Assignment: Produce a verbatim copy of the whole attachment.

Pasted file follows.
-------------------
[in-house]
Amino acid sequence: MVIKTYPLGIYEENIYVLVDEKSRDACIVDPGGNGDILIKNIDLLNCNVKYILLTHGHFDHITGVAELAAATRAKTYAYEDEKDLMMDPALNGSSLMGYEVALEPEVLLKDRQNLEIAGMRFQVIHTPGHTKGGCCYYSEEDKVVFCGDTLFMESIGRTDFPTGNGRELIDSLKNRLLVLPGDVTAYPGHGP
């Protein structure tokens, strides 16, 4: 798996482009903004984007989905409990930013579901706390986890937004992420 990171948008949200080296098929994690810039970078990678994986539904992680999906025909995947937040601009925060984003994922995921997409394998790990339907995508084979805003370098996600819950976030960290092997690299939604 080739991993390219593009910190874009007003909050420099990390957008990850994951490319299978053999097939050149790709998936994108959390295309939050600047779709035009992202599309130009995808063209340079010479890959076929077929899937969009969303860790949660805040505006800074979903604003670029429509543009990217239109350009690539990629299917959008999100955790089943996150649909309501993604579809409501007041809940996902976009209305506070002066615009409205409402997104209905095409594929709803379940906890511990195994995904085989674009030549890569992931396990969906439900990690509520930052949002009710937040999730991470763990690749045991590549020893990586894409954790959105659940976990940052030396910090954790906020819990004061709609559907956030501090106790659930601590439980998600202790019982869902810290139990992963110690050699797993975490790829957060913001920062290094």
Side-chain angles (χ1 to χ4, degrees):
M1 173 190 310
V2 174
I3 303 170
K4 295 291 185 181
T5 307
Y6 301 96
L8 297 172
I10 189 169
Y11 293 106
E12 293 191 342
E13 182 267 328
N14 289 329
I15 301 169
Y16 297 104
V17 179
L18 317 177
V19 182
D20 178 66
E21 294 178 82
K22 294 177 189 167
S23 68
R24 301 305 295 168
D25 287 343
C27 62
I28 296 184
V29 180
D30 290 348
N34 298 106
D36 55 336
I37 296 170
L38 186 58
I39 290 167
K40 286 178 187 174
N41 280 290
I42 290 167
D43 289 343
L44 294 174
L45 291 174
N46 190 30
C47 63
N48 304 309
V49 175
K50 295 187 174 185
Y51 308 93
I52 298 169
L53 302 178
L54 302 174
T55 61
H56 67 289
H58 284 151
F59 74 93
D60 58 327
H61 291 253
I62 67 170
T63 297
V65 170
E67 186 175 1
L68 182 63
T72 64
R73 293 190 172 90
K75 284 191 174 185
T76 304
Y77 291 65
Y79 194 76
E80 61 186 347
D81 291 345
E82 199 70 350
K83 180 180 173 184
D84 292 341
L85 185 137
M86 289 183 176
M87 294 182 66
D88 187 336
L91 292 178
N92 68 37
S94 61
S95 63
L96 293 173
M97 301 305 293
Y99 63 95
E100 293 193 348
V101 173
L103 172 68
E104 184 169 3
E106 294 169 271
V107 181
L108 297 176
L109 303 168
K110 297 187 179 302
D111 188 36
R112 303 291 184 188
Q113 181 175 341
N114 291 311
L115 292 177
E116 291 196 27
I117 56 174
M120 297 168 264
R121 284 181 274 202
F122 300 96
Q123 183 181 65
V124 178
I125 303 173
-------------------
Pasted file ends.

[in-house]
Amino acid sequence: MVIKTYPLGIYEENIYVLVDEKSRDACIVDPGGNGDILIKNIDLLNCNVKYILLTHGHFDHITGVAELAAATRAKTYAYEDEKDLMMDPALNGSSLMGYEVALEPEVLLKDRQNLEIAGMRFQVIHTPGHTKGGCCYYSEEDKVVFCGDTLFMESIGRTDFPTGNGRELIDSLKNRLLVLPGDVTAYPGHGP
């Protein structure tokens, strides 16, 4: 798996482009903004984007989905409990930013579901706390986890937004992420 990171948008949200080296098929994690810039970078990678994986539904992680999906025909995947937040601009925060984003994922995921997409394998790990339907995508084979805003370098996600819950976030960290092997690299939604 080739991993390219593009910190874009007003909050420099990390957008990850994951490319299978053999097939050149790709998936994108959390295309939050600047779709035009992202599309130009995808063209340079010479890959076929077929899937969009969303860790949660805040505006800074979903604003670029429509543009990217239109350009690539990629299917959008999100955790089943996150649909309501993604579809409501007041809940996902976009209305506070002066615009409205409402997104209905095409594929709803379940906890511990195994995904085989674009030549890569992931396990969906439900990690509520930052949002009710937040999730991470763990690749045991590549020893990586894409954790959105659940976990940052030396910090954790906020819990004061709609559907956030501090106790659930601590439980998600202790019982869902810290139990992963110690050699797993975490790829957060913001920062290094």
Side-chain angles (χ1 to χ4, degrees):
M1 173 190 310
V2 174
I3 303 170
K4 295 291 185 181
T5 307
Y6 301 96
L8 297 172
I10 189 169
Y11 293 106
E12 293 191 342
E13 182 267 328
N14 289 329
I15 301 169
Y16 297 104
V17 179
L18 317 177
V19 182
D20 178 66
E21 294 178 82
K22 294 177 189 167
S23 68
R24 301 305 295 168
D25 287 343
C27 62
I28 296 184
V29 180
D30 290 348
N34 298 106
D36 55 336
I37 296 170
L38 186 58
I39 290 167
K40 286 178 187 174
N41 280 290
I42 290 167
D43 289 343
L44 294 174
L45 291 174
N46 190 30
C47 63
N48 304 309
V49 175
K50 295 187 174 185
Y51 308 93
I52 298 169
L53 302 178
L54 302 174
T55 61
H56 67 289
H58 284 151
F59 74 93
D60 58 327
H61 291 253
I62 67 170
T63 297
V65 170
E67 186 175 1
L68 182 63
T72 64
R73 293 190 172 90
K75 284 191 174 185
T76 304
Y77 291 65
Y79 194 76
E80 61 186 347
D81 291 345
E82 199 70 350
K83 180 180 173 184
D84 292 341
L85 185 137
M86 289 183 176
M87 294 182 66
D88 187 336
L91 292 178
N92 68 37
S94 61
S95 63
L96 293 173
M97 301 305 293
Y99 63 95
E100 293 193 348
V101 173
L103 172 68
E104 184 169 3
E106 294 169 271
V107 181
L108 297 176
L109 303 168
K110 297 187 179 302
D111 188 36
R112 303 291 184 188
Q113 181 175 341
N114 291 311
L115 292 177
E116 291 196 27
I117 56 174
M120 297 168 264
R121 284 181 274 202
F122 300 96
Q123 183 181 65
V124 178
I125 303 173